Terrorist groups in Somalia, North Africa and Nigeria are eyeing ways to coordinate their training, funding and terror activities, triggering increased U.S. national security worries, the top American commander for Africa told Congress on Wednesday.
Army Gen. Carter Ham said terror leaders from al-Shabab, al-Qaida in the Islamic Maghreb and Boko Haram in Nigeria want to more closely synchronize their efforts. If they are able to better share their training and funding, "that presents a real challenge for us," he told the House Armed Services Committee.
The three groups represent the greatest threats to security in the region, and all three have strong ties to al-Qaida. And Ham laid out ongoing efforts by the U.S. to provide training, equipment and support to a number of nations across northern and east Africa where militants have launched a range of dramatic attacks over the past year or more.
Increased U.S.-backed operations around Mogadishu, largely by Ugandan and Burundian troops as part of an African Union force, have weakened al-Shabab. And Ham said the recent announcement of al-Qaida's formal alliance with al-Shabab suggests the Somalia-based insurgency has been weakened and is looking for greater international support.
"It's not quite a last gasp," Ham said, but it indicates that al-Shabab is under duress by the military operations that are working to free swaths of Mogadishu from the insurgents' control.
He added that the formalized merger of al-Shabab and al-Qaida, announced Feb. 9 by al-Qaida leader Ayman al-Zawahri, may allow the groups to focus on threats against American interests.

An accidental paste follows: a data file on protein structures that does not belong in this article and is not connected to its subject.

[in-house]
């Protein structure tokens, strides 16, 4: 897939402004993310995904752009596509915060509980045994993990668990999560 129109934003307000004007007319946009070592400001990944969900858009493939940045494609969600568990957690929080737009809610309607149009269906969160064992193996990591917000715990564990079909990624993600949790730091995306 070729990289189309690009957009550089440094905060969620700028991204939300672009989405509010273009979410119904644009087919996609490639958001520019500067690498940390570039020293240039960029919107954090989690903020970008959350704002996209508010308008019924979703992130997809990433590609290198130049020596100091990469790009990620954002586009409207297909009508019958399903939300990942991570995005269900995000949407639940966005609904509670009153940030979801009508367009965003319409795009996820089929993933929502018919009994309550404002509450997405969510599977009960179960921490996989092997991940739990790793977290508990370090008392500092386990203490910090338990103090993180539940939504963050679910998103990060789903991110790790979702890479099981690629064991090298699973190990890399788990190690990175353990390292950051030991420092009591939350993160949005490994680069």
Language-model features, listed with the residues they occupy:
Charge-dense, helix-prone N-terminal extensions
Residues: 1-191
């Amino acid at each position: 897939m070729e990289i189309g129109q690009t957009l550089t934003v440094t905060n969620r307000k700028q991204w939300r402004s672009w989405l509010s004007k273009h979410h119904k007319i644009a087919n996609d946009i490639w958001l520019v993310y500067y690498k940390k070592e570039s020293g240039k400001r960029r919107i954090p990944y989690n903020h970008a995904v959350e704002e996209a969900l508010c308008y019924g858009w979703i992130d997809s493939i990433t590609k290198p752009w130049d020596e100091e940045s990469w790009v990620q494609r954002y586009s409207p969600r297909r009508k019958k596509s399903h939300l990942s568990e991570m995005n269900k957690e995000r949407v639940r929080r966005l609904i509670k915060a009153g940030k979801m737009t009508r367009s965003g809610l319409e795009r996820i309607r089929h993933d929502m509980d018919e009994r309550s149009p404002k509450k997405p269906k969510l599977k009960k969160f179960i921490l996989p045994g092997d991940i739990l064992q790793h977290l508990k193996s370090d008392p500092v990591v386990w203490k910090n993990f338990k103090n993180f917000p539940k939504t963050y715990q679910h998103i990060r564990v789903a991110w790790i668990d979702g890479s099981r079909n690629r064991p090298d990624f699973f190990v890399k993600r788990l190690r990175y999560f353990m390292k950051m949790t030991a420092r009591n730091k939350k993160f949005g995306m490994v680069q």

In other comments, Ham said there are small pockets of foreign fighters who were involved in the resistance in Libya that ended up fighting against U.S. and coalition troops in Iraq. And he said al-Qaida may be trying to re-establish those insurgent networks.
Members of the committee questioned why the headquarters for U.S. Africa Command is in Germany, and why the command has so much fewer resources than U.S. European Command, when much of the emerging threats against America come from Africa.
Ham said the African nations don't necessarily want a big U.S. presence in their countries.
And Navy Adm. James Stravidis, head of U.S. European Command, said it is important to keep a strong presence in Europe because those are the allies America will turn to in a crisis.
The U.S. military is cutting the number of Army combat brigades in Europe from four to two and pulling out two other smaller units _ a total reduction of about 12,000 troops. The cuts will leave about 68,000 U.S. forces in Europe, down from a high of about 400,000 at the height of the Cold War.
Stravidis and Ham also told the committee that the forces in Europe can more quickly get to hotspots in the region, including the Middle East, Eastern Europe or Africa. They pointed to last year's Libyan conflict as an example.